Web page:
Set and forget

This long-term saving option is simple and flexible



INVESTORS LOOKING FOR A tax-effective means of saving often look to superannuation as the solution. An alternative structure that can be considered is an insurance bond, also known as an investment bond.

The term, “insurance bond”, is somewhat a misnomer, since often such funds provide no life insurance benefit. They are primarily used as a means of investing in the many asset classes provided by life insurance companies and friendly societies for non-superannuation savings and offer some specific advantages compared with other managed funds such as superannuation or unit trusts.

Investment options range from cash to Australian and international shares, as well as diversified portfolios, such as a balanced fund that provides a combination of shares, property, fixed interest and cash.

As with superannuation, tax is paid by the life insurance company rather than by the investor. The maximum tax paid on the earnings and capital gains within an insurance bond is 30%, although franking credits and tax deductions can reduce this effective tax rate.

A key feature of an insurance bond is that if it is redeemed after 10 years, no further tax is paid by the investor. However, if it is redeemed within the first 10 years, the investor will pay tax on the assessable portion of growth (see table below). The investor receives a 30% tax offset on the taxable amount.

Insurance bonds provide a tax-effective alternative or complement to superannuation, which is also considered to be a tax-effective structure. But the amount that can be invested in super is limited and hefty tax penalties apply if these limits are exceeded. Access to money in super is also limited, generally until retirement or death, for the estate.

Insurance bonds provide flexibility of access to money at any time. They can also be an effective means of avoiding excess contributions tax that may apply in superannuation.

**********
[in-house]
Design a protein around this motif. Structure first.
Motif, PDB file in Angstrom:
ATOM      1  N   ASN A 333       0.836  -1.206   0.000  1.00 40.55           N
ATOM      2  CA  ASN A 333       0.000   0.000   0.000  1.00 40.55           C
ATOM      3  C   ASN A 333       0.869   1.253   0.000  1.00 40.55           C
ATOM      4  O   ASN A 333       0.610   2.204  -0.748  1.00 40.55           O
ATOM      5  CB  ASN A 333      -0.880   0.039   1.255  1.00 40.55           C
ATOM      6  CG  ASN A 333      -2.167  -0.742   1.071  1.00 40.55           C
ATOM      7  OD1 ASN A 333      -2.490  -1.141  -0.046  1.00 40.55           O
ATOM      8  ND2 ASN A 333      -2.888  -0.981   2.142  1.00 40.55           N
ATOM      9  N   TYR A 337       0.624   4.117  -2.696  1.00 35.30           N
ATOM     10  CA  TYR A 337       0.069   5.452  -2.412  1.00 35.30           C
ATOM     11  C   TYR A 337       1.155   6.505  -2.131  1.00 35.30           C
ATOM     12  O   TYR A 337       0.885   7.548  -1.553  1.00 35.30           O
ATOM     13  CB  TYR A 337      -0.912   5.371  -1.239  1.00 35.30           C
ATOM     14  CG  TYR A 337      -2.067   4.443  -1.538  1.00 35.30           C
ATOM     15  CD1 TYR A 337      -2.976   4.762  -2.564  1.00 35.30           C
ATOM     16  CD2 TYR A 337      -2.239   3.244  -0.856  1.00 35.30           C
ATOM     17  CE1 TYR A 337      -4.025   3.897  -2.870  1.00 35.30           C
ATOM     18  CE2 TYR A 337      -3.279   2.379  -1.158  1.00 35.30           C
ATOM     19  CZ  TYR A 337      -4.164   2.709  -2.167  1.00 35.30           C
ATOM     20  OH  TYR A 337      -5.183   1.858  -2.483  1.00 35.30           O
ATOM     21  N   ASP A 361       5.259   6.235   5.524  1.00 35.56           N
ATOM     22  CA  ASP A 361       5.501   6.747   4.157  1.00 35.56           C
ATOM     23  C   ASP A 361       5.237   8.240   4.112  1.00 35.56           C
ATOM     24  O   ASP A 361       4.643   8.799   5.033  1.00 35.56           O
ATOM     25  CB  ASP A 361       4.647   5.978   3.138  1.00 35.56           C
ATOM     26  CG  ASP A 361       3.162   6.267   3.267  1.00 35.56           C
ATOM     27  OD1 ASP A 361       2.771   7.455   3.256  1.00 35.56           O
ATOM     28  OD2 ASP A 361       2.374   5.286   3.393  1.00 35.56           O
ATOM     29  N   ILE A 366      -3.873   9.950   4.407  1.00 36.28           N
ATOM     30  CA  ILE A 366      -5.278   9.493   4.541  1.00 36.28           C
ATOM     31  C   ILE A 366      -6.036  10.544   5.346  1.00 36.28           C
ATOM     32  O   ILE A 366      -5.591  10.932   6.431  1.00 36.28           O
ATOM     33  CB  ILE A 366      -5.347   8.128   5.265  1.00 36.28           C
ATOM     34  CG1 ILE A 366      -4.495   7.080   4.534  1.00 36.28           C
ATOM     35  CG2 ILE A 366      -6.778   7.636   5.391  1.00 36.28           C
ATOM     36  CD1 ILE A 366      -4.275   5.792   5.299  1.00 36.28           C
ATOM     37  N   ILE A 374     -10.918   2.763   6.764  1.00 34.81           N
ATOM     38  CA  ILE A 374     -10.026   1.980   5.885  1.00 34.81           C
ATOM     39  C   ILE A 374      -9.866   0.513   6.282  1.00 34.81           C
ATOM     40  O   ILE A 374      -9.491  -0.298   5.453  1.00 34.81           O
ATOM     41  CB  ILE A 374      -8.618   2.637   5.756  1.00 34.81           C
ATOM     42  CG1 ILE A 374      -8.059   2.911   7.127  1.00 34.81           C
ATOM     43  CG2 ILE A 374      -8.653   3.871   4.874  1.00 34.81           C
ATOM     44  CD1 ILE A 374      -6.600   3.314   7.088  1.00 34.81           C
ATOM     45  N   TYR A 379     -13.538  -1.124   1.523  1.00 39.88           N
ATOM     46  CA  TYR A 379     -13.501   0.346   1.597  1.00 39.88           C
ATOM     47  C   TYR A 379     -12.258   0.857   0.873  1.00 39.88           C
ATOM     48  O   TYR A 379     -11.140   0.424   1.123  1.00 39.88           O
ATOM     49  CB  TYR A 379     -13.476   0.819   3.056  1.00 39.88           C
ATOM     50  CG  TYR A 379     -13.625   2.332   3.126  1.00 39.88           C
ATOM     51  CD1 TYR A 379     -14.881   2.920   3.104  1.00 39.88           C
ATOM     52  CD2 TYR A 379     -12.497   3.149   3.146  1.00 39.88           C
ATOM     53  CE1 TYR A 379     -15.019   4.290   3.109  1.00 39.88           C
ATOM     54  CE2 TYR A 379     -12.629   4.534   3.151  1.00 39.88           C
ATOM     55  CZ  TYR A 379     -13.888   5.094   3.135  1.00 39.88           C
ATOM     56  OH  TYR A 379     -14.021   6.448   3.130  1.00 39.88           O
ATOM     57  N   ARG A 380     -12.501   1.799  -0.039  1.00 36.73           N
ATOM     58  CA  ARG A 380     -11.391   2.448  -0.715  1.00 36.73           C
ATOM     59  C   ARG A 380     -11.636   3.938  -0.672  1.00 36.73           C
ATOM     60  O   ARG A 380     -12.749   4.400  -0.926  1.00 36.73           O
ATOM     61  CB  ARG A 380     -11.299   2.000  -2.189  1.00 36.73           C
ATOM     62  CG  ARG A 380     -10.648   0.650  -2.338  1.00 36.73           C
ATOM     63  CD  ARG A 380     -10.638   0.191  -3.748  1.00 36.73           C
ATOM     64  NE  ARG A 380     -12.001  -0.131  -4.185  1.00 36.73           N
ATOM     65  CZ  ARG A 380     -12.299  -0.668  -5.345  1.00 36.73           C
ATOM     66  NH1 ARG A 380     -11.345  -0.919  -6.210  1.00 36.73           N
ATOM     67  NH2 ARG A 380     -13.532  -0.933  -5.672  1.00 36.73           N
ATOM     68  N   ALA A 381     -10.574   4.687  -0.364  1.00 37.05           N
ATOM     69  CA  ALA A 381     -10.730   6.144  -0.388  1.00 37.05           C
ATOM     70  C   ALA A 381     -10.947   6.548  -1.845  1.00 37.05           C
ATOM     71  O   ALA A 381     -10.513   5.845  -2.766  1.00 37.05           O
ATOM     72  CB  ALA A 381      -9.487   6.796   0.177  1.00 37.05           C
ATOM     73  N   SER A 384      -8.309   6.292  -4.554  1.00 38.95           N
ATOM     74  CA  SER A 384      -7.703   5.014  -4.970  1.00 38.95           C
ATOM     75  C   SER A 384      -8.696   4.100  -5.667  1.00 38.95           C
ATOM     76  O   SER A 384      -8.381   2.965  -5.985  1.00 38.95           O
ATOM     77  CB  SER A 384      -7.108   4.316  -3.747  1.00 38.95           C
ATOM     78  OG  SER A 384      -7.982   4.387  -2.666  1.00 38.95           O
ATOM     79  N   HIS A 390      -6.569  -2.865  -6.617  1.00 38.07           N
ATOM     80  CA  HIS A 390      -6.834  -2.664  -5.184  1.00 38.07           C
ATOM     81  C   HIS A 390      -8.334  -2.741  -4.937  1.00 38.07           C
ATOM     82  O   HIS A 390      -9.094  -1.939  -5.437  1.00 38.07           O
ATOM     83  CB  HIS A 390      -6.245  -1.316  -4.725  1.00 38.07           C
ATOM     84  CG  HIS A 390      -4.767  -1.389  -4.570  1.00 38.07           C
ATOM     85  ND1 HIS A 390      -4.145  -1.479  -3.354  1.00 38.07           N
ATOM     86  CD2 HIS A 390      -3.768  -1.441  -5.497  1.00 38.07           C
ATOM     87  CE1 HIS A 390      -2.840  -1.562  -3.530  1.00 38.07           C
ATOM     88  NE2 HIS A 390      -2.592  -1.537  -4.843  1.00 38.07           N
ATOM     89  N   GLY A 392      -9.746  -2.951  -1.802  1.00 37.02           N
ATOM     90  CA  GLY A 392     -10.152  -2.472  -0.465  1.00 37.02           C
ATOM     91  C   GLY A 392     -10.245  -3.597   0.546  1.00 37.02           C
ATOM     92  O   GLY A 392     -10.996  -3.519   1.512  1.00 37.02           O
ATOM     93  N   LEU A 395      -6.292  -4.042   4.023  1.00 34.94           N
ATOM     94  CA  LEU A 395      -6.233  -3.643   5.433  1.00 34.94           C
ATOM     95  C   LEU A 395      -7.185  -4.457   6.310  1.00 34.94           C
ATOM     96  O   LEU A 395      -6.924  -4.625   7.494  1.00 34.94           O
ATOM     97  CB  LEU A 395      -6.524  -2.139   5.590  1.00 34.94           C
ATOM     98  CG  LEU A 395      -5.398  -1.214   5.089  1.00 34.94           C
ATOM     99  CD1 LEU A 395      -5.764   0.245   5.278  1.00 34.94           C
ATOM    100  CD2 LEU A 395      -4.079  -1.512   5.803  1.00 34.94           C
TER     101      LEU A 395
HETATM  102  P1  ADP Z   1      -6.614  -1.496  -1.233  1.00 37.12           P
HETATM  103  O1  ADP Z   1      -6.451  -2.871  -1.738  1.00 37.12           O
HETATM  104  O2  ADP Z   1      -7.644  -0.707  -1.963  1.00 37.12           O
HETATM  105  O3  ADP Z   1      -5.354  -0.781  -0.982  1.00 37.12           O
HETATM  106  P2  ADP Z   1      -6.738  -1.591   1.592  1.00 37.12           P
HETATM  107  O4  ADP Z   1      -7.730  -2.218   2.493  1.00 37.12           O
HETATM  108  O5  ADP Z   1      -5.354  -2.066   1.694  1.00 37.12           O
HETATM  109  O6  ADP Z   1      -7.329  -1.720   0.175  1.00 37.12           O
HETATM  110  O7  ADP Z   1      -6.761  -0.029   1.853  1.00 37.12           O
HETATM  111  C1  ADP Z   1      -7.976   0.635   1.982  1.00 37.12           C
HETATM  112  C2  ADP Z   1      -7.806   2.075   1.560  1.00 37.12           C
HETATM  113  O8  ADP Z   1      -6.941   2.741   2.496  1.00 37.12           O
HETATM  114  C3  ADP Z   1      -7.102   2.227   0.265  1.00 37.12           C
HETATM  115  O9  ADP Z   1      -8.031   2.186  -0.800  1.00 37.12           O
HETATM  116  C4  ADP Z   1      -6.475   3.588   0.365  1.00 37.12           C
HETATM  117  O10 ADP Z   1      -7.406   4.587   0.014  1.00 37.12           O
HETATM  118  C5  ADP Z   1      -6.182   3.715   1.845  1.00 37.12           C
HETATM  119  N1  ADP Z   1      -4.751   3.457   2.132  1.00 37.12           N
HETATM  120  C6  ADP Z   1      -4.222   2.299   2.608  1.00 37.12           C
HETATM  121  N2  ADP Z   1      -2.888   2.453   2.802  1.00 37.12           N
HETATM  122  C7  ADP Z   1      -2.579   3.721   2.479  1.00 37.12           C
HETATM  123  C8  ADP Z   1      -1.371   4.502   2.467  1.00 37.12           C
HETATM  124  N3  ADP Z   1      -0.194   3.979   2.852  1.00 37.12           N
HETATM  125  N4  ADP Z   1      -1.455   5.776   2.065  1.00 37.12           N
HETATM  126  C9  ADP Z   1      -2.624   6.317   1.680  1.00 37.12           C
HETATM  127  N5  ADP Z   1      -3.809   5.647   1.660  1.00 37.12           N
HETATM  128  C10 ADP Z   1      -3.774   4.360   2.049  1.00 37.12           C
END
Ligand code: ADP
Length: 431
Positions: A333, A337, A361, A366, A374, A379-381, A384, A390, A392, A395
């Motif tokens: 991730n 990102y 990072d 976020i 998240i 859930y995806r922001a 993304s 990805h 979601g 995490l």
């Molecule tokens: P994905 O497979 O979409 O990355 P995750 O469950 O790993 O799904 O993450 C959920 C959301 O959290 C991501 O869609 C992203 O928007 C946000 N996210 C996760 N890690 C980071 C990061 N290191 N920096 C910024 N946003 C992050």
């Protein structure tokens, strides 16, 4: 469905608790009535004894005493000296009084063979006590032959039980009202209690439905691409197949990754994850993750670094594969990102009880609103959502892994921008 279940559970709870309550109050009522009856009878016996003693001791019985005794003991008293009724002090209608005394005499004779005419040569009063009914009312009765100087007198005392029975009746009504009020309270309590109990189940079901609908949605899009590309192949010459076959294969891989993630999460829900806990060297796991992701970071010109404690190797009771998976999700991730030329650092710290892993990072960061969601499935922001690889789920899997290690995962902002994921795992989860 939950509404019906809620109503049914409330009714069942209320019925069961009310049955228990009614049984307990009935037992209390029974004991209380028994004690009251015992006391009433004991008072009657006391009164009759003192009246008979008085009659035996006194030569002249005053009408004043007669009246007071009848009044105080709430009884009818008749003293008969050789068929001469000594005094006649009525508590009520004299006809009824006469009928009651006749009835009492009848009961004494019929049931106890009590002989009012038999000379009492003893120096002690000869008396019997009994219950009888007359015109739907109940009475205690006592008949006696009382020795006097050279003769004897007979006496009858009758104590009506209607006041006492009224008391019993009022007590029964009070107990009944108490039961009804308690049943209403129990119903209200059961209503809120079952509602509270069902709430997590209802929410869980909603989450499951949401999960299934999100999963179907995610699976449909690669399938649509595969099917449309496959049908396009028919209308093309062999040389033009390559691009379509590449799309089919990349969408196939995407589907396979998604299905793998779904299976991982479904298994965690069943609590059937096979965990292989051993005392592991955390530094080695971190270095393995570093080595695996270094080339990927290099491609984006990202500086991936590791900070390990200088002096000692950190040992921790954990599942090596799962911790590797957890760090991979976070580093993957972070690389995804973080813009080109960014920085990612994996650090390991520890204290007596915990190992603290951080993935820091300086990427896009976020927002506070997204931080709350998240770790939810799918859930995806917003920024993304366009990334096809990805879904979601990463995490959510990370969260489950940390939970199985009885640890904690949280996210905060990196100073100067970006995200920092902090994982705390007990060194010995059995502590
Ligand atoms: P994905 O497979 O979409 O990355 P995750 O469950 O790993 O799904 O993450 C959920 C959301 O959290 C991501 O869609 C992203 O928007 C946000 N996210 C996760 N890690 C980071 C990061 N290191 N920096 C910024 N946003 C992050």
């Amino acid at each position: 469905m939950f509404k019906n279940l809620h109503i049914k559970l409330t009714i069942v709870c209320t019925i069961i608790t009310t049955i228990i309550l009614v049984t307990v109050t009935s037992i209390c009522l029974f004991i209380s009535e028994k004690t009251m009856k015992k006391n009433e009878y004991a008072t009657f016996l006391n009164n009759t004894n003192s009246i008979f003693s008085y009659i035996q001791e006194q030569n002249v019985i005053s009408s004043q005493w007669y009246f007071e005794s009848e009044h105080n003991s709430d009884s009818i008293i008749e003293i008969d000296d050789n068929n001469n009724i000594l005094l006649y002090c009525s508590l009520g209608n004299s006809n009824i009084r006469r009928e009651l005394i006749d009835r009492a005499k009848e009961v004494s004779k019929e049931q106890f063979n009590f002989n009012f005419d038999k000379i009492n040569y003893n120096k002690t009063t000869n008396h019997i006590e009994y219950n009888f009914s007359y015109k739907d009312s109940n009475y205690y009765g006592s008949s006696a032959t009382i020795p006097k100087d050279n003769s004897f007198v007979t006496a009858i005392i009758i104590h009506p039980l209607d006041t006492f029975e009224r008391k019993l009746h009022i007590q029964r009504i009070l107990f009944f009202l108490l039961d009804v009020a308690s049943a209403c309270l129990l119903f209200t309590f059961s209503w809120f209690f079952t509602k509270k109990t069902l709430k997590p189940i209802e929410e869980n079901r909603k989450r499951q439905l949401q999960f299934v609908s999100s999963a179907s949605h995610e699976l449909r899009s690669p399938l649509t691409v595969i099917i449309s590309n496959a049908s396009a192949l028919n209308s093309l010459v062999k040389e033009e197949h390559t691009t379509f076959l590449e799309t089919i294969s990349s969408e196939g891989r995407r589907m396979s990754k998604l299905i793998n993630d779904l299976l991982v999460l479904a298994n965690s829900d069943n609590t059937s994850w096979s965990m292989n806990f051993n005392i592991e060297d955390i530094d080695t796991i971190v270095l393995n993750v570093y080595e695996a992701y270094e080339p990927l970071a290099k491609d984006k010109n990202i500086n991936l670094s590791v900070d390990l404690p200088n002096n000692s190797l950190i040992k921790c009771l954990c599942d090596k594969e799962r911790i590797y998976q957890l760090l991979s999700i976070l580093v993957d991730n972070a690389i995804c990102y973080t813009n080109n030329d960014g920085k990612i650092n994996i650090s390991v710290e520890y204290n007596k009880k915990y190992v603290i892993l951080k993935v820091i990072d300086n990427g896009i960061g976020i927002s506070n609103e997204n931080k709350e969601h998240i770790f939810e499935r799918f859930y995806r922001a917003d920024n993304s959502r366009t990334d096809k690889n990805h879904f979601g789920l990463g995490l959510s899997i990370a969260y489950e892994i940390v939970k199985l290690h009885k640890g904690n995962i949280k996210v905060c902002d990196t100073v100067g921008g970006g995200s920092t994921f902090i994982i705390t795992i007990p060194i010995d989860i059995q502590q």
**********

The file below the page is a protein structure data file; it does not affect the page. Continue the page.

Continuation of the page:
With tax at only 30%, insurance bonds offer a tax-effective savings option for high-income earners, especially if the money can be left invested for at least 10 years. This may compare favourably with investing in a unit trust where earnings would be taxed at the marginal tax rate (as high as 45% plus Medicare levy).

On the flip side, insurance bonds may be less appropriate for people on lower marginal tax rates (less than 30%) as the 30% payable in the insurance bond may result in higher tax on earnings, compared with investing in unit trusts or directly in assets.

A key disadvantage is that the 50% capital gains tax discount on assets held for at least 12 months does not apply. This discount would, however, apply to individuals who invest through a unit trust or direct assets.

The insurance bond offers simplicity as earnings are automatically reinvested in the bond, so reinvestment dates do not need to be tracked for capital gains tax purposes. Investors can switch between investment options without triggering capital gains tax.

Insurance bonds can suit investors who want to invest with a lump sum or through a regular savings plan. Minimum investments are around $2500 for lump sums and $1000 with a savings plan. Provided deposits each year do not exceed 125% of the previous year’s contribution, the 10-year period for each additional investment is backdated to the original commencement date.

Insurance bonds may also suit parents and grandparent looking to invest for a child’s education. A child advancement policy is a variation on the life insurance bond. It is usually held by the parent(s) as trustee for the children, with actual ownership of the policy transferring outright to the child when they reach a certain age that is determined at the outset (generally between 16 and 25). Additional tax benefits may apply if the money is used for specified education purposes.

An additional advantage of insurance bonds is that they can be protected from creditors in the case of bankruptcy, although strict rules apply.

Organisations that currently offer insurance bonds include AMP, Austock, Centuria, Colonial First State, IOOF, Lifeplan, MLC, OnePath and Westpac.

Keep in mind that an investor needs to consider and understand their specific circumstances and objectives.

Assyat David is director at Strategy Steps.


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